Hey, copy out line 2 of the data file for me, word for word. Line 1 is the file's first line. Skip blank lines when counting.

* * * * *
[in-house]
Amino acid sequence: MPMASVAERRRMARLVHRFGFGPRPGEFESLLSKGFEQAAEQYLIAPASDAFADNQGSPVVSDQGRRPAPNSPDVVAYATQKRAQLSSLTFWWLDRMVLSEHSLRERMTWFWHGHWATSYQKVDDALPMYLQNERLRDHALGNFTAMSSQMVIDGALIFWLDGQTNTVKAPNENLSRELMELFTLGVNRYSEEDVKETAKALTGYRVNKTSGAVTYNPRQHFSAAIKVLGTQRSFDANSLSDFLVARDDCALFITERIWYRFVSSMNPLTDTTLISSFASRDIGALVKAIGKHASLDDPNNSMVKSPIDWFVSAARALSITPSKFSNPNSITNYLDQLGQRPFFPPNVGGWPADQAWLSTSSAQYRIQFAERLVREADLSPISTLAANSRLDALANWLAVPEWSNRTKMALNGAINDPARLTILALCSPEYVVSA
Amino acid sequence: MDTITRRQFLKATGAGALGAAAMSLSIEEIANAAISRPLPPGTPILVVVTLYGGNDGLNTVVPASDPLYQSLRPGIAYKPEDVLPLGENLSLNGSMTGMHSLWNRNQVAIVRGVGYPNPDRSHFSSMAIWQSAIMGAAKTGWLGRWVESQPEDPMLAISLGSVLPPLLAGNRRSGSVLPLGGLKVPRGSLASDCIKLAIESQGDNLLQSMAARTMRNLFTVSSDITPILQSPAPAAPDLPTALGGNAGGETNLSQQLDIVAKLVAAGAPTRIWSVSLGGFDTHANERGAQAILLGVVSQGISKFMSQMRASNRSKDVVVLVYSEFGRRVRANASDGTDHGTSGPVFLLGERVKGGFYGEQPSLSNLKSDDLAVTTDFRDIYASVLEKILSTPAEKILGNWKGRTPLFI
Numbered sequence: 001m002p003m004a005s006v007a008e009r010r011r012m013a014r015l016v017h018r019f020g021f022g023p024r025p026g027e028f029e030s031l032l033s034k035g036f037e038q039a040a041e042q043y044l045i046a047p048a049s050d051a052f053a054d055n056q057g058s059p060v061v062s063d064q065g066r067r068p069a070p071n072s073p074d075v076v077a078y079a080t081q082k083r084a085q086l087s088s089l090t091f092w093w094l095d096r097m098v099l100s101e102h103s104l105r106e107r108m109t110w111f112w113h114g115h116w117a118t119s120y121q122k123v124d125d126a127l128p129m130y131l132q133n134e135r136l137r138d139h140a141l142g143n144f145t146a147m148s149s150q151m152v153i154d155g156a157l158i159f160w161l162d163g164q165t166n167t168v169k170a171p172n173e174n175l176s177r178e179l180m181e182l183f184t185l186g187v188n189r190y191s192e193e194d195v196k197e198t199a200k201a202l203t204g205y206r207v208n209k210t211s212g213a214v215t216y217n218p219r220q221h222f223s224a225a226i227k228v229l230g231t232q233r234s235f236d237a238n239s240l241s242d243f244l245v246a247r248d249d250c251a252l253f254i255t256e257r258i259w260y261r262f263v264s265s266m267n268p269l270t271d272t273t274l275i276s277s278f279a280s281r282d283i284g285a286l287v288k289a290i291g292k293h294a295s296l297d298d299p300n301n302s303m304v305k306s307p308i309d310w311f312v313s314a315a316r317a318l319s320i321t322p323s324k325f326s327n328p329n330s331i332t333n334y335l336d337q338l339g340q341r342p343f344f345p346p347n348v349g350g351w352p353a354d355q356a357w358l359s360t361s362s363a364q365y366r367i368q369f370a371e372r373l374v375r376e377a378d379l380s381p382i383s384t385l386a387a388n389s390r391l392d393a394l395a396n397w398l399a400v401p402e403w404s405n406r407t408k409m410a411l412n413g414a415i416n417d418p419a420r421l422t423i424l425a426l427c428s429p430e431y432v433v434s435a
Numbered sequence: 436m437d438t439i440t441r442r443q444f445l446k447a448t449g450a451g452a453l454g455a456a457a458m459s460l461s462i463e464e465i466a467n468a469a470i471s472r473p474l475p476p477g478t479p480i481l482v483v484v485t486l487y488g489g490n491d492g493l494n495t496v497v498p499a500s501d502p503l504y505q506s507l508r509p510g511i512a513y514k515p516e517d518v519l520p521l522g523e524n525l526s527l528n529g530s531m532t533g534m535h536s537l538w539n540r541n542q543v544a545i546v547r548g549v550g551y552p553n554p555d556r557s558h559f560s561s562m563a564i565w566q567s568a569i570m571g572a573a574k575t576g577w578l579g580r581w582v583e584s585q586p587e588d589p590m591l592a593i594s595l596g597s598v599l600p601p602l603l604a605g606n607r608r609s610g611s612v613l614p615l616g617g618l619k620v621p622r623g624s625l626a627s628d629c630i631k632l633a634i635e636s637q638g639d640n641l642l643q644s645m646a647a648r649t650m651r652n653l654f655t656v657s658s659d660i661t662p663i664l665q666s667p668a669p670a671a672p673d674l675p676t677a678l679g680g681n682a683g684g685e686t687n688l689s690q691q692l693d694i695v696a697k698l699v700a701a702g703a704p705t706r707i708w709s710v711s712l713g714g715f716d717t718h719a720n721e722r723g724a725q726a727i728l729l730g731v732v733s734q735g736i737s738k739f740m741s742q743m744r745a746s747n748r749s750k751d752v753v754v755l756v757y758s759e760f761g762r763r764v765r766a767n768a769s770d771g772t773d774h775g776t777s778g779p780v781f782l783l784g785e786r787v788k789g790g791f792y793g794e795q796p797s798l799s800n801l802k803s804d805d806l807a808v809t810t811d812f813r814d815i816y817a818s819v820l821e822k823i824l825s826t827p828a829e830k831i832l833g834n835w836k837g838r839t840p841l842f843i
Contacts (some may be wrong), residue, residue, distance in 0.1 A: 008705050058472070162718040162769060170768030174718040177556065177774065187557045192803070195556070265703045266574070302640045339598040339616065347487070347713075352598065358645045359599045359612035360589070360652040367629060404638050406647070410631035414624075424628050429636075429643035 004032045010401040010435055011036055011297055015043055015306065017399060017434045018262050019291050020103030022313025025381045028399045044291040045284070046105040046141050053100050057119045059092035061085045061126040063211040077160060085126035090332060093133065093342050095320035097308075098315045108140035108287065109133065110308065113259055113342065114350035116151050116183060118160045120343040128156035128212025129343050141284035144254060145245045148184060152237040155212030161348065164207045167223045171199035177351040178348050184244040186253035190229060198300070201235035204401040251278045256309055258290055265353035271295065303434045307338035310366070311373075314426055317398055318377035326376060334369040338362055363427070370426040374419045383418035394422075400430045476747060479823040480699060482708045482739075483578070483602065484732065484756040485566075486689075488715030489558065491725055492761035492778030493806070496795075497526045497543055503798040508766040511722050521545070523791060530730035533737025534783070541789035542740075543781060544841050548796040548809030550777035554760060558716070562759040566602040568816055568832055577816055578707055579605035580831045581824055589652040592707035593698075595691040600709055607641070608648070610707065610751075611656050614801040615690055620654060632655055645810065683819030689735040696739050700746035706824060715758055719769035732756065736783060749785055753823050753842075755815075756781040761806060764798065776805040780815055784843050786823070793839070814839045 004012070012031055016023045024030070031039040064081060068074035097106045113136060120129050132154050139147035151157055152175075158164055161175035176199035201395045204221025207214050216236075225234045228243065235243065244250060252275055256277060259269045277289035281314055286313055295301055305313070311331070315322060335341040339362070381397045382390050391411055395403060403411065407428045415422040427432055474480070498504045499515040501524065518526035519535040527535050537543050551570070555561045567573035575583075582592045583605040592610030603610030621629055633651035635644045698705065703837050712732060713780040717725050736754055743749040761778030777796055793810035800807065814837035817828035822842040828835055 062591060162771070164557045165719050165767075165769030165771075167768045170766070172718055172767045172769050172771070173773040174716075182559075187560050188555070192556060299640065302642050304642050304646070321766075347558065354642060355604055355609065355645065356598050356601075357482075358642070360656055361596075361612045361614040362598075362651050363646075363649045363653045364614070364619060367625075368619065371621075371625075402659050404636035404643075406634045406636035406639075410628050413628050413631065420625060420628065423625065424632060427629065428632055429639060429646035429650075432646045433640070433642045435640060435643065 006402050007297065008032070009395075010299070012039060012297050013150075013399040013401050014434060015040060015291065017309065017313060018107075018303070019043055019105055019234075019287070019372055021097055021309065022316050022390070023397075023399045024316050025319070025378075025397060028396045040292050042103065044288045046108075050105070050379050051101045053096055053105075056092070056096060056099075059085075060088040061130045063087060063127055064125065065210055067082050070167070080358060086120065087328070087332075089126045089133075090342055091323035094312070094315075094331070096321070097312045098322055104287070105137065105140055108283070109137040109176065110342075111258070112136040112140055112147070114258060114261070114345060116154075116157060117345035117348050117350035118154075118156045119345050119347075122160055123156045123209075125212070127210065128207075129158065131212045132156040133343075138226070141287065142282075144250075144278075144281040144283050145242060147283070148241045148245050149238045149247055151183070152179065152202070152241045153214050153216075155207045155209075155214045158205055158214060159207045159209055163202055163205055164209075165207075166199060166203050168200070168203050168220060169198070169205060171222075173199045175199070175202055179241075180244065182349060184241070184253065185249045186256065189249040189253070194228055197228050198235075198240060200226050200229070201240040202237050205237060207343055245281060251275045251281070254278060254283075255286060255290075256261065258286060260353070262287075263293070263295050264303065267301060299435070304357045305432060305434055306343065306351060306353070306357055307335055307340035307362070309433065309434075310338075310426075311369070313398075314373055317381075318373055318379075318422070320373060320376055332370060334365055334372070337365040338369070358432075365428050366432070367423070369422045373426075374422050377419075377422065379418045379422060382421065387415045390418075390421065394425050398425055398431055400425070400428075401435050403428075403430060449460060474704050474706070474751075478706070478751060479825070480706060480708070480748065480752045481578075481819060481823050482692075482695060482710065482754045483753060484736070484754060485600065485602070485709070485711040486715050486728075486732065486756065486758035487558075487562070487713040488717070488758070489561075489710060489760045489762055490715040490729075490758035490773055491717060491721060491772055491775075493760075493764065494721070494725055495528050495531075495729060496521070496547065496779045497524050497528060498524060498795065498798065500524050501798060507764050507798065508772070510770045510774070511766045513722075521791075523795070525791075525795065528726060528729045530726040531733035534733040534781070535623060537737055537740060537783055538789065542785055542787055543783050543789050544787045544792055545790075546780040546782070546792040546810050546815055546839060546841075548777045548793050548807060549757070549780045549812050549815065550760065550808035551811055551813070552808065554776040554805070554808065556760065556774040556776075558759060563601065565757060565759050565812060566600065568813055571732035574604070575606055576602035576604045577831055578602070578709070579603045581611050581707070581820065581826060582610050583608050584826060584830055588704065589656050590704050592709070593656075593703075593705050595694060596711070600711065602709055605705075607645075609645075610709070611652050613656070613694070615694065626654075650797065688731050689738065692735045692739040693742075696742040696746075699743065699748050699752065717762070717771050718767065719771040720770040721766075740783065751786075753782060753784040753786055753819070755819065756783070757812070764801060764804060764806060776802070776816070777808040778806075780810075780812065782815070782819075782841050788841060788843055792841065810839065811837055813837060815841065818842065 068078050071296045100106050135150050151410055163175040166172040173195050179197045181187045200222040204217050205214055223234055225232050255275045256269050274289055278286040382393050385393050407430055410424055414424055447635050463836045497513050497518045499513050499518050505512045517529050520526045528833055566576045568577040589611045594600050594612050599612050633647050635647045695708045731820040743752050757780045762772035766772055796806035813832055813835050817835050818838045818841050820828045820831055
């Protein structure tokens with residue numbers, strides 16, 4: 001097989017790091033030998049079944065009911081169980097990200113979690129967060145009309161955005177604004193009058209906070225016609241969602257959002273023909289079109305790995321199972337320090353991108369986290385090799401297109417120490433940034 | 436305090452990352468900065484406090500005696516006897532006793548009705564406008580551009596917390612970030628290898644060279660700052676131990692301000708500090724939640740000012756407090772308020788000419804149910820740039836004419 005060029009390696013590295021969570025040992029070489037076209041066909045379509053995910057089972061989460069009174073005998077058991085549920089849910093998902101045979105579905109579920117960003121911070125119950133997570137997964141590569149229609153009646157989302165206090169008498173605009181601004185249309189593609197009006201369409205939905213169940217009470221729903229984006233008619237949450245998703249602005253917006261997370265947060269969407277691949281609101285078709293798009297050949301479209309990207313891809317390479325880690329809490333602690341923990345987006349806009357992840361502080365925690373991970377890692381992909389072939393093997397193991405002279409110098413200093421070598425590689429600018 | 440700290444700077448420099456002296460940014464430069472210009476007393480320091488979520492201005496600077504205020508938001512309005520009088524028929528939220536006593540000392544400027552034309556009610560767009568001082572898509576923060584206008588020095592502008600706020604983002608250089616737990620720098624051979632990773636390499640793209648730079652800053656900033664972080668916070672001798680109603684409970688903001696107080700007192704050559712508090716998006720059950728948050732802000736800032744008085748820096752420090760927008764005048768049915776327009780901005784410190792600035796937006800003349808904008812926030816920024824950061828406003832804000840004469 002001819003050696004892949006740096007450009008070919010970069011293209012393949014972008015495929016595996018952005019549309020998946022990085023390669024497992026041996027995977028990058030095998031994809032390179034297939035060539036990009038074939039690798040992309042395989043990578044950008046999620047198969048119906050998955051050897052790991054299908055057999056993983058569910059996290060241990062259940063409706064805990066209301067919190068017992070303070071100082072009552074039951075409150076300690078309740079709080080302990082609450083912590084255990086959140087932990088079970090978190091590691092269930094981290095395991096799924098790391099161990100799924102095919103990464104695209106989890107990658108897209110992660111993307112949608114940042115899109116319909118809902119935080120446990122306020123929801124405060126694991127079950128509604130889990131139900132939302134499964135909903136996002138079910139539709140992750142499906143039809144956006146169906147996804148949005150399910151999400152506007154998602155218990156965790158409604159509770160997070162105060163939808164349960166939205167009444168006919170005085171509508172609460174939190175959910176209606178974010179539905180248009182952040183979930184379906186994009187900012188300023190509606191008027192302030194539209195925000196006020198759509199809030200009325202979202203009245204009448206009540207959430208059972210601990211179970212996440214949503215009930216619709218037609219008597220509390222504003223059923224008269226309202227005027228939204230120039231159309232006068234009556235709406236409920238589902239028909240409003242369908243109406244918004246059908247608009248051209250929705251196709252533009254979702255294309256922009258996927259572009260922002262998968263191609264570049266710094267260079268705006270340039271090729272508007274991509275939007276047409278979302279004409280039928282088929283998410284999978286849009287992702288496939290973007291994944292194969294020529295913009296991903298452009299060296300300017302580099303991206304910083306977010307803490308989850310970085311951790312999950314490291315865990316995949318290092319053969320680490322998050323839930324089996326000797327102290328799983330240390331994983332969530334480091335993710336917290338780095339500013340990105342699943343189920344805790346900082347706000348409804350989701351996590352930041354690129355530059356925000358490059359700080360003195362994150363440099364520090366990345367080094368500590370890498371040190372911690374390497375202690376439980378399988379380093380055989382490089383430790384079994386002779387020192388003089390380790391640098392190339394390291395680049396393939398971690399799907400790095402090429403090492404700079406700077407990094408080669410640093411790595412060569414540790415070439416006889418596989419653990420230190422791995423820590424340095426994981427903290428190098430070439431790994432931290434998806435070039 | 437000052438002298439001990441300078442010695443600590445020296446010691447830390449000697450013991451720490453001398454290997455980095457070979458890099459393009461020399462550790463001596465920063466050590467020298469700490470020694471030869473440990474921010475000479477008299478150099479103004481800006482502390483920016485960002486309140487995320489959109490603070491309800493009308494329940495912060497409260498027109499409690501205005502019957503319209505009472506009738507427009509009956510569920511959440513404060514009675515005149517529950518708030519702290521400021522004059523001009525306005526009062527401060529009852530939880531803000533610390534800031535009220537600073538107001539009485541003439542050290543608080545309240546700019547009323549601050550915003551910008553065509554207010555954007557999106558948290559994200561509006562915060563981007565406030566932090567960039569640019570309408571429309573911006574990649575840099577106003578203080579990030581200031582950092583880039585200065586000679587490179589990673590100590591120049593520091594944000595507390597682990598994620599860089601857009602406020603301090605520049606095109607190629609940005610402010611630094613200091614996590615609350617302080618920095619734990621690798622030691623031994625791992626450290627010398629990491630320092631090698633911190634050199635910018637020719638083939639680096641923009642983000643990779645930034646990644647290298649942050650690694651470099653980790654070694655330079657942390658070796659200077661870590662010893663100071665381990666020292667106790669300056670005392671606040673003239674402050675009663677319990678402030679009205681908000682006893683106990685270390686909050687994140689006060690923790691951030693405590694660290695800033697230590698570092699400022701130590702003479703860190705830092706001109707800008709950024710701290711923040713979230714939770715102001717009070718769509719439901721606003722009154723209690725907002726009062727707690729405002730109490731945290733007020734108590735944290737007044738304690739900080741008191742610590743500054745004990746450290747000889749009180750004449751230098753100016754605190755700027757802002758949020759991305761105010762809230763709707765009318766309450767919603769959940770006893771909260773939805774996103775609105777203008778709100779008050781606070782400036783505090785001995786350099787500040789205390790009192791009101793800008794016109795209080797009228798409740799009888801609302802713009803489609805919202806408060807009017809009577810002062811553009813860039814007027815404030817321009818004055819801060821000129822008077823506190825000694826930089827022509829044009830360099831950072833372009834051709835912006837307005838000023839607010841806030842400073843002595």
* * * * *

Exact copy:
Amino acid sequence: MPMASVAERRRMARLVHRFGFGPRPGEFESLLSKGFEQAAEQYLIAPASDAFADNQGSPVVSDQGRRPAPNSPDVVAYATQKRAQLSSLTFWWLDRMVLSEHSLRERMTWFWHGHWATSYQKVDDALPMYLQNERLRDHALGNFTAMSSQMVIDGALIFWLDGQTNTVKAPNENLSRELMELFTLGVNRYSEEDVKETAKALTGYRVNKTSGAVTYNPRQHFSAAIKVLGTQRSFDANSLSDFLVARDDCALFITERIWYRFVSSMNPLTDTTLISSFASRDIGALVKAIGKHASLDDPNNSMVKSPIDWFVSAARALSITPSKFSNPNSITNYLDQLGQRPFFPPNVGGWPADQAWLSTSSAQYRIQFAERLVREADLSPISTLAANSRLDALANWLAVPEWSNRTKMALNGAINDPARLTILALCSPEYVVSA